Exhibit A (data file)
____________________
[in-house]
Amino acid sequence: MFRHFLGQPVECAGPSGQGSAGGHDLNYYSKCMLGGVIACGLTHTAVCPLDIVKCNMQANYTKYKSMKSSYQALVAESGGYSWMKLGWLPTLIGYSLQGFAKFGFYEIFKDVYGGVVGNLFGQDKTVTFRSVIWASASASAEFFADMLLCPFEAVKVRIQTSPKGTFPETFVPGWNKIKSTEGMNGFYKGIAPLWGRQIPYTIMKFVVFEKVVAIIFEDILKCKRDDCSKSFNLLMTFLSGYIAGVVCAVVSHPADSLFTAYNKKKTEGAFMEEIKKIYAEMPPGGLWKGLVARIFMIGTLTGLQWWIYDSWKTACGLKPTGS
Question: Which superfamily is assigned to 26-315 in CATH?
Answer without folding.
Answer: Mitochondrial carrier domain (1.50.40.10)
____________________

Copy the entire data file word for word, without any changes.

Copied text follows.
[in-house]
Amino acid sequence: MFRHFLGQPVECAGPSGQGSAGGHDLNYYSKCMLGGVIACGLTHTAVCPLDIVKCNMQANYTKYKSMKSSYQALVAESGGYSWMKLGWLPTLIGYSLQGFAKFGFYEIFKDVYGGVVGNLFGQDKTVTFRSVIWASASASAEFFADMLLCPFEAVKVRIQTSPKGTFPETFVPGWNKIKSTEGMNGFYKGIAPLWGRQIPYTIMKFVVFEKVVAIIFEDILKCKRDDCSKSFNLLMTFLSGYIAGVVCAVVSHPADSLFTAYNKKKTEGAFMEEIKKIYAEMPPGGLWKGLVARIFMIGTLTGLQWWIYDSWKTACGLKPTGS
Question: Which superfamily is assigned to 26-315 in CATH?
Answer without folding.
Answer: Mitochondrial carrier domain (1.50.40.10)